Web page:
Google publishes monthly reports detailing what progresses it made in self-driving cars, and it is painfully honest.
In its April 2016 report, Google notes that two minor accidents took place involving its autonomous vehicles. On the bright side, no victims were recorded and Google's driverless cars were not to blame for the incidents.
The first event's description explains that a vehicle hit one of Google's Lexus cars, which was stationary at the moment of the impact. The side mirror of the Lexus was a tad "folded in" due to the impact.
The second event involved a vehicle bumping into the rear side of a Google prototype.
"[When the Google car] stopped in order to yield to traffic approaching from the left on San Antonio Road, a vehicle approaching at approximately 9 mph from behind the prototype collided with the rear bumper of the prototype vehicle," Google reports [pdf].
The company notes that although both cars registered minor damage, the passengers came out unscratched.
Google underlines that collisions are part of normal traffic, and with having its cars on the road almost 24/7, such incidents are bound to happen.
The traffic laws in California force Google to report any incident involving autonomous vehicles. However, such thorough rules do not apply to the myriad of collisions that take place between human drivers. The OEM presents statistics that show 94 percent of the car accidents in the United States have one cause: human error. The company underlines that autonomous driving has the ability to lower that number by a consistent margin.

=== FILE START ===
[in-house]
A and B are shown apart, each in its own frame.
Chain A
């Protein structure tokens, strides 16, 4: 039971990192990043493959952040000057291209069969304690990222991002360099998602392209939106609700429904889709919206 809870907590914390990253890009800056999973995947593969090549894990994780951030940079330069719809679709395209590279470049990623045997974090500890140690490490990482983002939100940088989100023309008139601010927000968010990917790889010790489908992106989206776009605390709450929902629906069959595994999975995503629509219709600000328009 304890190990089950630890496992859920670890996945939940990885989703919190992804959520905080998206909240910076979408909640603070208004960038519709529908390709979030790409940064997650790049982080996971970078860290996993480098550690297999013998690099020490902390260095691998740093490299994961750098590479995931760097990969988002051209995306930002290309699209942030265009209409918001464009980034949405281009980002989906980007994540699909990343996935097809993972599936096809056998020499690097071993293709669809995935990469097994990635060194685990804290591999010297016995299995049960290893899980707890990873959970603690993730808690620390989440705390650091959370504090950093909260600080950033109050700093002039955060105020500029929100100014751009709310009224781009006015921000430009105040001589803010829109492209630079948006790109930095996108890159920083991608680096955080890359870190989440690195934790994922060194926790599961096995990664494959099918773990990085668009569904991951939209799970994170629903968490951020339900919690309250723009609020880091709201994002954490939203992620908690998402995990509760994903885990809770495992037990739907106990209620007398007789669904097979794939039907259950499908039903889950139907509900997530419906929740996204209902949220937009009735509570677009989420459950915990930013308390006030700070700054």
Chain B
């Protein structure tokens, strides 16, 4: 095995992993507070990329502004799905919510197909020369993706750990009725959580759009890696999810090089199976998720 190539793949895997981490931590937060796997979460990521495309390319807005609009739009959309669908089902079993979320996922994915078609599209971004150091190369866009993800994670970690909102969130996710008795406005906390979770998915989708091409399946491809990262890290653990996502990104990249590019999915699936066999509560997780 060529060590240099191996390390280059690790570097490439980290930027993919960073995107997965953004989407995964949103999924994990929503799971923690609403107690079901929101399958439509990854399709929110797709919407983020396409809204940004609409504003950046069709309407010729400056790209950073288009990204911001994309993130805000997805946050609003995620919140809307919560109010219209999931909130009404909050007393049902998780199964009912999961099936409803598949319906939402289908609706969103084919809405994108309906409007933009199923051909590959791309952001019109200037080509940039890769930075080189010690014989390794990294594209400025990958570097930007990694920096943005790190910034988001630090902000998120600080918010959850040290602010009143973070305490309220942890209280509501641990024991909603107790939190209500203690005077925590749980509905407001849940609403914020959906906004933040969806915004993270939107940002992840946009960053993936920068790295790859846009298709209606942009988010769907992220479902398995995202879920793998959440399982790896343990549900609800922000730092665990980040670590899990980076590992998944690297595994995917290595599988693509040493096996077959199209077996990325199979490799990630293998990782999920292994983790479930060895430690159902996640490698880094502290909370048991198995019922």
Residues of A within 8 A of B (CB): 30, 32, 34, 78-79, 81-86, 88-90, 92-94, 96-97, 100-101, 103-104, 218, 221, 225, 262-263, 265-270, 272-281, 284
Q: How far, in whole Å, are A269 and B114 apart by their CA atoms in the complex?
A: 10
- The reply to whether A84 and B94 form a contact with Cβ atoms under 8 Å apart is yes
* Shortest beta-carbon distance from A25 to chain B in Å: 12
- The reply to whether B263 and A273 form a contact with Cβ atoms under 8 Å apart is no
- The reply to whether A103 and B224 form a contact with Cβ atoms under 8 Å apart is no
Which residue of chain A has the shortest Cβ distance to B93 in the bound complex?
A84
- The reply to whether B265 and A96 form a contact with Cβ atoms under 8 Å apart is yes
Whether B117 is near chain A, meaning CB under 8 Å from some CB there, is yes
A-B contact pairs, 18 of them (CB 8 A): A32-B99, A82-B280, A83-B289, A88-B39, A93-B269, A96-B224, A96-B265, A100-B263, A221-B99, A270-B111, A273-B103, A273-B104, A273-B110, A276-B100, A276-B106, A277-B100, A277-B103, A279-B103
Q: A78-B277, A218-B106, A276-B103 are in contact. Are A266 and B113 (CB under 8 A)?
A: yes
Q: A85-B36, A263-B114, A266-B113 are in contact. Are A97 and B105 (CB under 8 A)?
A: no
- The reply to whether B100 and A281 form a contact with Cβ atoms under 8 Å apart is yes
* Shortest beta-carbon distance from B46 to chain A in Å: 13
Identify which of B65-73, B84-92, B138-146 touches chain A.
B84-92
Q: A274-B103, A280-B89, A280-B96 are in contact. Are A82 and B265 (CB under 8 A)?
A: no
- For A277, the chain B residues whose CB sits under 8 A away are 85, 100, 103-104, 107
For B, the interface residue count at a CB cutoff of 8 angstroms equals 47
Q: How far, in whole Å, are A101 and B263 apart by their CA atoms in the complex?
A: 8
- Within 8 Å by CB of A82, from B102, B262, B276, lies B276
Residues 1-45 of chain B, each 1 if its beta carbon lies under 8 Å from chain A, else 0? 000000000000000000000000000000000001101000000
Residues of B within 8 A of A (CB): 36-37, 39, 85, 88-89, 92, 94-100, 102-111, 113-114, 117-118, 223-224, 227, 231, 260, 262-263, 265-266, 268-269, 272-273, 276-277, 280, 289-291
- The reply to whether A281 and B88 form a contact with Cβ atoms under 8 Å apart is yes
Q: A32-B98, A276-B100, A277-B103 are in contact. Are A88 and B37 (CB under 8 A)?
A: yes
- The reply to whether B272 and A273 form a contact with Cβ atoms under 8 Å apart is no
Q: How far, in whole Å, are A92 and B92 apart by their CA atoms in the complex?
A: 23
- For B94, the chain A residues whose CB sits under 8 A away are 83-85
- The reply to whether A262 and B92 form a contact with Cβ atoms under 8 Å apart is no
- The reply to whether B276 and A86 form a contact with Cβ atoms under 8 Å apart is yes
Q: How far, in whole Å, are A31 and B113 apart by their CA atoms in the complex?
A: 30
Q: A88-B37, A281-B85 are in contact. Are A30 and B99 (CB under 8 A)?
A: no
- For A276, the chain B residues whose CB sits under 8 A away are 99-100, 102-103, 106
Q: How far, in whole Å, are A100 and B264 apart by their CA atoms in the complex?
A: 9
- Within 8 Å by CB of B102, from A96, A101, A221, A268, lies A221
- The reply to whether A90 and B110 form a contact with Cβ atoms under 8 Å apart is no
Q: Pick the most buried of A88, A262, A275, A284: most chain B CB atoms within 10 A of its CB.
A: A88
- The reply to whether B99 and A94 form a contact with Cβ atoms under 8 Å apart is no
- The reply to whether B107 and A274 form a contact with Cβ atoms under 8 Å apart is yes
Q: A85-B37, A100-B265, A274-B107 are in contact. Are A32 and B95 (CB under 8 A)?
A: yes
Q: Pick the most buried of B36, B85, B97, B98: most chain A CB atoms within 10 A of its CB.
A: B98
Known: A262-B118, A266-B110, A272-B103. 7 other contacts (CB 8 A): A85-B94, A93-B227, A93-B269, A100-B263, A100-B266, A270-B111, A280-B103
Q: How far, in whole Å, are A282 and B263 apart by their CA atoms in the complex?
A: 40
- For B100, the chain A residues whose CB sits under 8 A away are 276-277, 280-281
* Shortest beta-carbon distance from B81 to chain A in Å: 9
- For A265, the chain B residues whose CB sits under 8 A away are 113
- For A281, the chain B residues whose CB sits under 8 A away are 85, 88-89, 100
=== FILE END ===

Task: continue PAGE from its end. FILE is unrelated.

Last month's report shows that Google deployed 23 Lexus vehicles and 34 prototypes in its self-driving car program. The company is expected to add minivans to its driverless fleet soon.
Since the program debuted in 2009, Google's cars piled up 1,564,981 driverless miles.
When we're looking at the amount of driving done with a human driver overseeing the process, Google's fleet amassed about 1,085,768 miles.
A rough calculation shows that each of the self-driving cars traveled a weekly distance between 10,000 and 15,000 miles.
The incidents from April might have been mild, but Google did have more serious events in the past. In February this year, one of the company's self-driving Lexus cars hit a bus on El Camino Real, near Google's headquarter town of Mountain View, California.